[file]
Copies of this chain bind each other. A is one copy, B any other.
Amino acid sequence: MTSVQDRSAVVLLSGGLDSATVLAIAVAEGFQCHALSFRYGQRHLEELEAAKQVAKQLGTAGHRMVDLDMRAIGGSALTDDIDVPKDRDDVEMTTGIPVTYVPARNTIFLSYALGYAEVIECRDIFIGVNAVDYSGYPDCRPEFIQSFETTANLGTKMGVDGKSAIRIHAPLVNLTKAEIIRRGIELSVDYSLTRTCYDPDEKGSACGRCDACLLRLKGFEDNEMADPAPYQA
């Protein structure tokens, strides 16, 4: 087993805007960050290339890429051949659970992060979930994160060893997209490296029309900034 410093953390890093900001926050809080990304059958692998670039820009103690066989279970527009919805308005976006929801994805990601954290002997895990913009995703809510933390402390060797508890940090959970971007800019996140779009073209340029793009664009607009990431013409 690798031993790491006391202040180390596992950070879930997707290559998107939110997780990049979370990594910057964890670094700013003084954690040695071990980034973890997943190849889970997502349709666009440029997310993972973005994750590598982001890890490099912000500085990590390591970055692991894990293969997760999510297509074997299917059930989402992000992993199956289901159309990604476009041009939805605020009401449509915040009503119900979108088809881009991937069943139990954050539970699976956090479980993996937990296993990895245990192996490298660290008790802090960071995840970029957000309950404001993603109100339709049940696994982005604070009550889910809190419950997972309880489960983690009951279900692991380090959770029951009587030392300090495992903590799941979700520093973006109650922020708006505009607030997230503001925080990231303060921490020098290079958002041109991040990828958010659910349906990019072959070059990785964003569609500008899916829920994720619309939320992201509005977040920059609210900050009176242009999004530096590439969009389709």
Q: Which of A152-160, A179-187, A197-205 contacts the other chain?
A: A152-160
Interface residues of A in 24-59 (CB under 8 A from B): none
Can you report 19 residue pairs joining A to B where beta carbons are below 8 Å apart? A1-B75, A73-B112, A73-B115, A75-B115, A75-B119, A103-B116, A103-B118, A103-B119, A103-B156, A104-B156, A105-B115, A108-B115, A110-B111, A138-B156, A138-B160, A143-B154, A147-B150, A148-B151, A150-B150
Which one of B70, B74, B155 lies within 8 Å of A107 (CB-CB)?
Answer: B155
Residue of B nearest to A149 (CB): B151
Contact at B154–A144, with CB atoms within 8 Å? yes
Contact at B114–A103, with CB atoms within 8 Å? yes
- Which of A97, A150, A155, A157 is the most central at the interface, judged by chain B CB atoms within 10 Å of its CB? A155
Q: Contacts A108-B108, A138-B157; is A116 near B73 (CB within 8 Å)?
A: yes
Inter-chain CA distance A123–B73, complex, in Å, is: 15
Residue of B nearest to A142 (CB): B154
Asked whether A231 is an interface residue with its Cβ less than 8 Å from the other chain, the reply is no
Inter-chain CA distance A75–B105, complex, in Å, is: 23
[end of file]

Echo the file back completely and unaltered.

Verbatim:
Copies of this chain bind each other. A is one copy, B any other.
Amino acid sequence: MTSVQDRSAVVLLSGGLDSATVLAIAVAEGFQCHALSFRYGQRHLEELEAAKQVAKQLGTAGHRMVDLDMRAIGGSALTDDIDVPKDRDDVEMTTGIPVTYVPARNTIFLSYALGYAEVIECRDIFIGVNAVDYSGYPDCRPEFIQSFETTANLGTKMGVDGKSAIRIHAPLVNLTKAEIIRRGIELSVDYSLTRTCYDPDEKGSACGRCDACLLRLKGFEDNEMADPAPYQA
């Protein structure tokens, strides 16, 4: 087993805007960050290339890429051949659970992060979930994160060893997209490296029309900034 410093953390890093900001926050809080990304059958692998670039820009103690066989279970527009919805308005976006929801994805990601954290002997895990913009995703809510933390402390060797508890940090959970971007800019996140779009073209340029793009664009607009990431013409 690798031993790491006391202040180390596992950070879930997707290559998107939110997780990049979370990594910057964890670094700013003084954690040695071990980034973890997943190849889970997502349709666009440029997310993972973005994750590598982001890890490099912000500085990590390591970055692991894990293969997760999510297509074997299917059930989402992000992993199956289901159309990604476009041009939805605020009401449509915040009503119900979108088809881009991937069943139990954050539970699976956090479980993996937990296993990895245990192996490298660290008790802090960071995840970029957000309950404001993603109100339709049940696994982005604070009550889910809190419950997972309880489960983690009951279900692991380090959770029951009587030392300090495992903590799941979700520093973006109650922020708006505009607030997230503001925080990231303060921490020098290079958002041109991040990828958010659910349906990019072959070059990785964003569609500008899916829920994720619309939320992201509005977040920059609210900050009176242009999004530096590439969009389709």
Q: Which of A152-160, A179-187, A197-205 contacts the other chain?
A: A152-160
Interface residues of A in 24-59 (CB under 8 A from B): none
Can you report 19 residue pairs joining A to B where beta carbons are below 8 Å apart? A1-B75, A73-B112, A73-B115, A75-B115, A75-B119, A103-B116, A103-B118, A103-B119, A103-B156, A104-B156, A105-B115, A108-B115, A110-B111, A138-B156, A138-B160, A143-B154, A147-B150, A148-B151, A150-B150
Which one of B70, B74, B155 lies within 8 Å of A107 (CB-CB)?
Answer: B155
Residue of B nearest to A149 (CB): B151
Contact at B154–A144, with CB atoms within 8 Å? yes
Contact at B114–A103, with CB atoms within 8 Å? yes
- Which of A97, A150, A155, A157 is the most central at the interface, judged by chain B CB atoms within 10 Å of its CB? A155
Q: Contacts A108-B108, A138-B157; is A116 near B73 (CB within 8 Å)?
A: yes
Inter-chain CA distance A123–B73, complex, in Å, is: 15
Residue of B nearest to A142 (CB): B154
Asked whether A231 is an interface residue with its Cβ less than 8 Å from the other chain, the reply is no
Inter-chain CA distance A75–B105, complex, in Å, is: 23